Don't Hide. Declare You Are Here & Plan To F*ck Sh*t Up

And I mean that with all the love I have for the world.

Let's be frank:

  • You want to get your movie made.  
  • You want to live a creative life.  
  • You want to give voice to the unspoken and the underheard.  
  • You know you can do it -- if only you get a chance.

What are you waiting for?  Don't ask for permission. Don't wait to be discovered.  And don't expect to get any help.  Who needs it?

John Singleton at Film Independent's Filmmaker Forum recently stated

" For someone that’s been in the business for over 20 years, it’s never easy — getting into it the business or sustaining yourself in it. You can’t be shy, you can’t be a shrinking violet — that’s not something that you should be projecting to the world when you’re an indie artist. You have to tell yourself you’re going to have to have the resolve and have to endure no matter how many doors close on you.”

Yup.  Speak up.  Louder.  Often.

No one is going to help you (generally speaking). And if you don't expect to find any help from anyone anywhere, those few times that you do, you will recognize them for the tremendous gifts that they are, and you will hold on to them, respect them, nourish them, and learn to lead from them.

Some people will take more than they give.  Some people will break more than they build.  That's what to expect and by doing so, you will be able to spot it, stop it, and drop it.  And you don't have to participate, just because that's how they play their game.  Those are some people you just don't need.

Don't waste time with the haters, those folks that block you from making, or refuse to see the beauty or the glory in that rough nasty bit of business you think is your art.  Noble failures are gems looking for some polish.  You know it and maybe one or two others. That's all you need.  And the stamina to climb up on that horse every time you get knocked off, hopefully learning from that flaw and capitalizing on that opportunity.

So what are you waiting for?  You know you can do it better.  It's their eyes that can't see the truth.  Their vision has been blurred by their experience.  You have a thousand words for snow (or is that love).  Respect the gray, and all it's shades.  Often those who stand too close can't even see where they are.  And you know what?  At Film Independent's Filmmaker Forum, John Singleton went on to say:

“I think it’s easier to make a film now than ever before, you can shoot with a 5D, iphone, ipad. Movies are experimenting with different platforms and this business is evolving and changing, distributors are popping up like weed dispensaries.  There is a lot of opportunity for independent filmmakers.  You just have to be persistent in your vision and your goals to pursue that decision.”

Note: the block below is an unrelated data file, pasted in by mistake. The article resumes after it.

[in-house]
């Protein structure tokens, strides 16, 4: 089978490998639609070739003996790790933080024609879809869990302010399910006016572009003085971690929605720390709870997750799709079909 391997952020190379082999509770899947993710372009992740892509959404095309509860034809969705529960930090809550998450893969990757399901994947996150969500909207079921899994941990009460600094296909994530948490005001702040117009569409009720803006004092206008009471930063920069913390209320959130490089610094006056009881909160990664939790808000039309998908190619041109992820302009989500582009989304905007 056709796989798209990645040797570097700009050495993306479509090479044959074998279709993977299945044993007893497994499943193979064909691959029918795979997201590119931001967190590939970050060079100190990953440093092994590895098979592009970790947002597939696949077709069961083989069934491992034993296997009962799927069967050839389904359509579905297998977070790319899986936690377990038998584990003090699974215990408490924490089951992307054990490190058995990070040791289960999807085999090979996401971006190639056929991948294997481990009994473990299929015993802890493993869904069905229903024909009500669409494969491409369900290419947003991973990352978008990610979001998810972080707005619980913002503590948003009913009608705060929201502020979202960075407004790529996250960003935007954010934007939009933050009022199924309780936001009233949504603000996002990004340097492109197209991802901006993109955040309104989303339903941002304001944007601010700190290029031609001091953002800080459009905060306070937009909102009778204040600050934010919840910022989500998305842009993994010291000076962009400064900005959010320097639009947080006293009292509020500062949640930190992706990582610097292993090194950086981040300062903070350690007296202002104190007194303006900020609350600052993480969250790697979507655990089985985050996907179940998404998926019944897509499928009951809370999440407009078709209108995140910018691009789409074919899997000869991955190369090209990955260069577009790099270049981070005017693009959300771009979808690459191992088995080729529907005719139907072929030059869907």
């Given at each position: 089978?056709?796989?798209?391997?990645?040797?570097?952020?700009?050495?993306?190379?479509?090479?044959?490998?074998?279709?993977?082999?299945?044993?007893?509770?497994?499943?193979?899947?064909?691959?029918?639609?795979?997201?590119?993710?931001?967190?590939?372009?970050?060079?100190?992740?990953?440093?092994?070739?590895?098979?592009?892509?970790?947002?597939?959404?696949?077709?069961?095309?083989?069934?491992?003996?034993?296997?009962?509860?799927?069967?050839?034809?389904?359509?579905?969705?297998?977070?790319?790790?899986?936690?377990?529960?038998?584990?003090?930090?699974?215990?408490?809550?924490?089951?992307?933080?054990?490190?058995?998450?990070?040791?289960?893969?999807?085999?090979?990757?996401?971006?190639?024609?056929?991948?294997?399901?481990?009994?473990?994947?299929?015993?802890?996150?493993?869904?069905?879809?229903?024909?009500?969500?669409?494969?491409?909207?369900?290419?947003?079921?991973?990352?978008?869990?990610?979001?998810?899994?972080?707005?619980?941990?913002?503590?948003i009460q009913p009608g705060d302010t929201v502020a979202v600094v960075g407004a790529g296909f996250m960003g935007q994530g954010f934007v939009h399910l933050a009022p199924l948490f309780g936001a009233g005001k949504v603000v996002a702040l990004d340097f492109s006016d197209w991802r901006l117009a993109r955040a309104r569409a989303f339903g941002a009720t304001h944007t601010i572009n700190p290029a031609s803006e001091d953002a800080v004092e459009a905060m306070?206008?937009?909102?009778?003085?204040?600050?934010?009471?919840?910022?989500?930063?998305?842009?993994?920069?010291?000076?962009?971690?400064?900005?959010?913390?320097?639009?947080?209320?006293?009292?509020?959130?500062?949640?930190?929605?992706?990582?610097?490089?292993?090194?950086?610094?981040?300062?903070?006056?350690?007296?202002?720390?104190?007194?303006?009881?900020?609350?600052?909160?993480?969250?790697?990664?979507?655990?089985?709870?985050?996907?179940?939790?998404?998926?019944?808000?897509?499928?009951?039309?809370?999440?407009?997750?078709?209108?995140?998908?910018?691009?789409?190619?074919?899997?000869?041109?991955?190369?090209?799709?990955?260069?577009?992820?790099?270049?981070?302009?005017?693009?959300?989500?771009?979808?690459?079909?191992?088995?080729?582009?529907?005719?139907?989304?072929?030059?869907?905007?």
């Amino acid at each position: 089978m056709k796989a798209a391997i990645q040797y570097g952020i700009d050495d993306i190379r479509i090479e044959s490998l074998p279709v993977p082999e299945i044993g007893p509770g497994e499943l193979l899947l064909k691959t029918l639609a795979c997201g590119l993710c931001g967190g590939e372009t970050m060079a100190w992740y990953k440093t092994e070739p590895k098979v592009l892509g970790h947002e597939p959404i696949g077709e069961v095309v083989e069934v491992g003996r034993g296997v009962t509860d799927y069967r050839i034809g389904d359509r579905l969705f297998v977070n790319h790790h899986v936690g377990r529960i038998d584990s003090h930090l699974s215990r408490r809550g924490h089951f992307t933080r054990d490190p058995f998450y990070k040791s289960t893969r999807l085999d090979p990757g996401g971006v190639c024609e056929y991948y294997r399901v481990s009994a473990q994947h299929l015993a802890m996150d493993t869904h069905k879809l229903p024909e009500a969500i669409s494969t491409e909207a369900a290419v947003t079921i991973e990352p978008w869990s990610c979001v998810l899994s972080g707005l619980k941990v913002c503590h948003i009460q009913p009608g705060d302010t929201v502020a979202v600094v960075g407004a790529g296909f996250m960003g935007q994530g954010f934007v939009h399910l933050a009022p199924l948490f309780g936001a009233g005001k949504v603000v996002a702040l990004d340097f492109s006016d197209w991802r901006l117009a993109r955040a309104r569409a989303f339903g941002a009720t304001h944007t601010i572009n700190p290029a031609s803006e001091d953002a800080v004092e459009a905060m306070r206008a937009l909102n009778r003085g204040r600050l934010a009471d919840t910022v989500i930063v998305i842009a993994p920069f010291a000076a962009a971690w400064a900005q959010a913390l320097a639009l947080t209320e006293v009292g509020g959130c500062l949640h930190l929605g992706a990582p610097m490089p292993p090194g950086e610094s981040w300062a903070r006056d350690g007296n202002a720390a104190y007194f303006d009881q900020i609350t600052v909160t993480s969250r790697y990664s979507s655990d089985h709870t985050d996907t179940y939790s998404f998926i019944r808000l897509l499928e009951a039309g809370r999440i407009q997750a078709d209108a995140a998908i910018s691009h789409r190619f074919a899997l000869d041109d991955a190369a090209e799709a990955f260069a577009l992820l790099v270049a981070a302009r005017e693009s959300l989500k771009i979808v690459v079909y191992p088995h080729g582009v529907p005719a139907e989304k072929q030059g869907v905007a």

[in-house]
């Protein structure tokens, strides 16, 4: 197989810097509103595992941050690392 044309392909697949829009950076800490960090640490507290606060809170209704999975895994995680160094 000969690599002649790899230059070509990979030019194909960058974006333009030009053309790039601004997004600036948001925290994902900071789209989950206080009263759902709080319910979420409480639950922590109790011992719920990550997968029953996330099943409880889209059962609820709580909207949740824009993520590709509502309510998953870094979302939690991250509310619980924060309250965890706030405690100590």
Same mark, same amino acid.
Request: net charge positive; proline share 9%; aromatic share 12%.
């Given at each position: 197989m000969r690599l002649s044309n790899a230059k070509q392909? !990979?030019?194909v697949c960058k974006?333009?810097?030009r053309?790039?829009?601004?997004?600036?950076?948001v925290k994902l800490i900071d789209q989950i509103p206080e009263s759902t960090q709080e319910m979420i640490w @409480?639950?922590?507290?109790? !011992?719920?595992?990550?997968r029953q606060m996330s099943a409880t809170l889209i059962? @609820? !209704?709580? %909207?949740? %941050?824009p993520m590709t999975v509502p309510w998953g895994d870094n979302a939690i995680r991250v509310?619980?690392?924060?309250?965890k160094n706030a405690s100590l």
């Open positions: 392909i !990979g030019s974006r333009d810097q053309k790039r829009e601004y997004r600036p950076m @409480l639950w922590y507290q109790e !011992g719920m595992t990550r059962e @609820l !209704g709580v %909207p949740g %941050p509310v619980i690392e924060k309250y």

So little is free.  Many gift givers seek something in return.  We are all in this together so lending a hand is not a favor.  It does take a village, but together we can build it better.  Enough with the slogans, time is a wasting.  Survival is hard but self expression is a wonderful reward that truly unites us.  Maybe one day all will recognize the value.  And that will be quite swell.  Being true to your heart and ideas is a revolutionary act.  I think the world is ready for you to get it done.

Indie Spirit Award Nominations Due Tomorrow

Now in it's 28th year, the Film Independent Spirit Awards recognize the achievements of American independent filmmakers and promotes the finest independent films of the year to a wider audience.

Regular deadline is tomorrow: September 18
SUBMIT TODAY

Final Deadline: October 16

For entry forms, rules and regulations, frequenty asked questions and to submit a film, visit SpiritAwards.com

 

WILDFIRE POST-PRODUCTION SOUND GRANT

Film Independent is now accepting submissions for the Wildfire Post-Production Sound Grant, a complimentary Sound Mix provided by Wildfire Post-Production Studios on a feature film project selected by Film Independent Artist Development.

To be eligible, applicants must be either Film Independent Fellows, alumni of the Los Angeles Film Festival or Spirit Awards nominees/winners. Film Independent will award this grant on or before November 1, 2012.

Sound Package includes:

  • 4 Weeks Supervising Sound Editorial
  • 8 Hours ADR Recording
  • 2 Days Foley Recording
  • 45 Hours Final Mix
  • 9 Hours Final Mix Playback and Fixes
  • 9 Hours Printmaster
  • Sound Deliverables provided on Firewire Drive

Value of services: $40,000. Fulfillment of services is to be scheduled anytime before March 31, 2013, with the exception of the month of January 2013.

Eligibility

  • Applicants must be the director or producer of a feature – narrative or documentary – that is in the rough cut stage.
  • Applicants must be either (a) alumni of Film Independent’s Artist Development programs; (b) alumni of the Los Angeles Film Festival; (c) a past Spirit Award Nominee or Winner; or (d) solicited by Film Independent.
  • All submitted films must be feature length.
  • Applicants must be current Film Independent members.

How to Apply – Applications open September 12, 2012

To be considered for the Wildfire Post Production Sound Grant, qualifying filmmakers must apply on the Film Independent website. Applicants must complete the online application form, which includes:

  • Cover letter explaining your interest in the award
  • Detailed written plan outlining the filmmaker’s post-production process and timeline
  • Budget and detailed outline of funds raised to date